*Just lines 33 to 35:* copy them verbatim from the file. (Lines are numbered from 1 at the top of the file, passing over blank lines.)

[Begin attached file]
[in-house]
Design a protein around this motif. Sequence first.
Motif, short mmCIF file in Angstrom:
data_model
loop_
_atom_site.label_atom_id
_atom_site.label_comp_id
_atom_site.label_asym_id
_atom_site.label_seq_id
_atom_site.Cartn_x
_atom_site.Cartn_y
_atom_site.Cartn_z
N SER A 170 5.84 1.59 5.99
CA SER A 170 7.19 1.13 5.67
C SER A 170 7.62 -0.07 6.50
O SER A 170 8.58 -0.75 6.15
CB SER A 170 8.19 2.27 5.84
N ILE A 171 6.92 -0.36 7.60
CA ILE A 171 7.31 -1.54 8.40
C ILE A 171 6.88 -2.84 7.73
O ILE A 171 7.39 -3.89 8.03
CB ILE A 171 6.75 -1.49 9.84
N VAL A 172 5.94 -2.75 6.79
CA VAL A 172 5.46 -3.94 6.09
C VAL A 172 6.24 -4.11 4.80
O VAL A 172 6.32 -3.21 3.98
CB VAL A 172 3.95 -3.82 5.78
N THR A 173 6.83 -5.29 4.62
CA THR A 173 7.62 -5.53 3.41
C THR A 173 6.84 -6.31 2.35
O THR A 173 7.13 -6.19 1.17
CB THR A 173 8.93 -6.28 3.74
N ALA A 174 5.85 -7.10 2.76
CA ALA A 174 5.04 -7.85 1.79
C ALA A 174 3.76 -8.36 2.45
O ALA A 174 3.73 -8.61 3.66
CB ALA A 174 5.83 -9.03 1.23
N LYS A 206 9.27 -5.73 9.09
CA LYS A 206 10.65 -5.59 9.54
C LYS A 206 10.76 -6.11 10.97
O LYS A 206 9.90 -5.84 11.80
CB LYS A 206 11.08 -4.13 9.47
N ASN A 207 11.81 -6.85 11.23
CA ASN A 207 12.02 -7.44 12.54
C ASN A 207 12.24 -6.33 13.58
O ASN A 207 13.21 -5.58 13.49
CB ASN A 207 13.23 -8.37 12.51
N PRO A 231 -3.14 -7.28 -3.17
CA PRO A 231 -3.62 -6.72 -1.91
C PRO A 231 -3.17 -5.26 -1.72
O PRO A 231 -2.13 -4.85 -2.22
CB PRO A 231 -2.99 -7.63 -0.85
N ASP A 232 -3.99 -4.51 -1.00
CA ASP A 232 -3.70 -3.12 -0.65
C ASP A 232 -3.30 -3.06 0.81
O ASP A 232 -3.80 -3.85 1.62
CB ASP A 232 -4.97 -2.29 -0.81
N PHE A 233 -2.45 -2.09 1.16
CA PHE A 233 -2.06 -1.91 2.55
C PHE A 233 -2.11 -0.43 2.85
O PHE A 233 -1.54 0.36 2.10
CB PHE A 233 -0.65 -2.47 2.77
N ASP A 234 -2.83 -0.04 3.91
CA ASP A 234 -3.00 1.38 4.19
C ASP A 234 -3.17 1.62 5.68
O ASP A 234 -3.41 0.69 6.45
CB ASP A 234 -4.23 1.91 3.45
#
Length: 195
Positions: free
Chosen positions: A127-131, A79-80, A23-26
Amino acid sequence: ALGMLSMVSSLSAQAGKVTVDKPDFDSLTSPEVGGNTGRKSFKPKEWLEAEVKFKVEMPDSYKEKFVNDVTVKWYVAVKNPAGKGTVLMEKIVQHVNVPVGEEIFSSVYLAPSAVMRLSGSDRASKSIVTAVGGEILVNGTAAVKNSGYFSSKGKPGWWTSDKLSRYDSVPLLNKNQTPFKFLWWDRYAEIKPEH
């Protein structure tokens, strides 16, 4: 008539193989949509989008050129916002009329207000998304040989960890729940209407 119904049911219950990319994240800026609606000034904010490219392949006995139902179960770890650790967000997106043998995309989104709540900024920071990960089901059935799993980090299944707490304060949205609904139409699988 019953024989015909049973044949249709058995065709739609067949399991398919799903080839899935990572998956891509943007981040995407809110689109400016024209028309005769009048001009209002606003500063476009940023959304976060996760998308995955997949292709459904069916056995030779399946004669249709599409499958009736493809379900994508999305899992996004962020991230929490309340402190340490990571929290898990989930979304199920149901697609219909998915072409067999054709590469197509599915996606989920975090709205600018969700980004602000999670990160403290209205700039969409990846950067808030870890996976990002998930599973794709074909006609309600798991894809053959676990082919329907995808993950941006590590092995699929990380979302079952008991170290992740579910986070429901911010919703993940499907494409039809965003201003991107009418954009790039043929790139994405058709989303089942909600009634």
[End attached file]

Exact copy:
N ALA A 174 5.85 -7.10 2.76
CA ALA A 174 5.04 -7.85 1.79
C ALA A 174 3.76 -8.36 2.45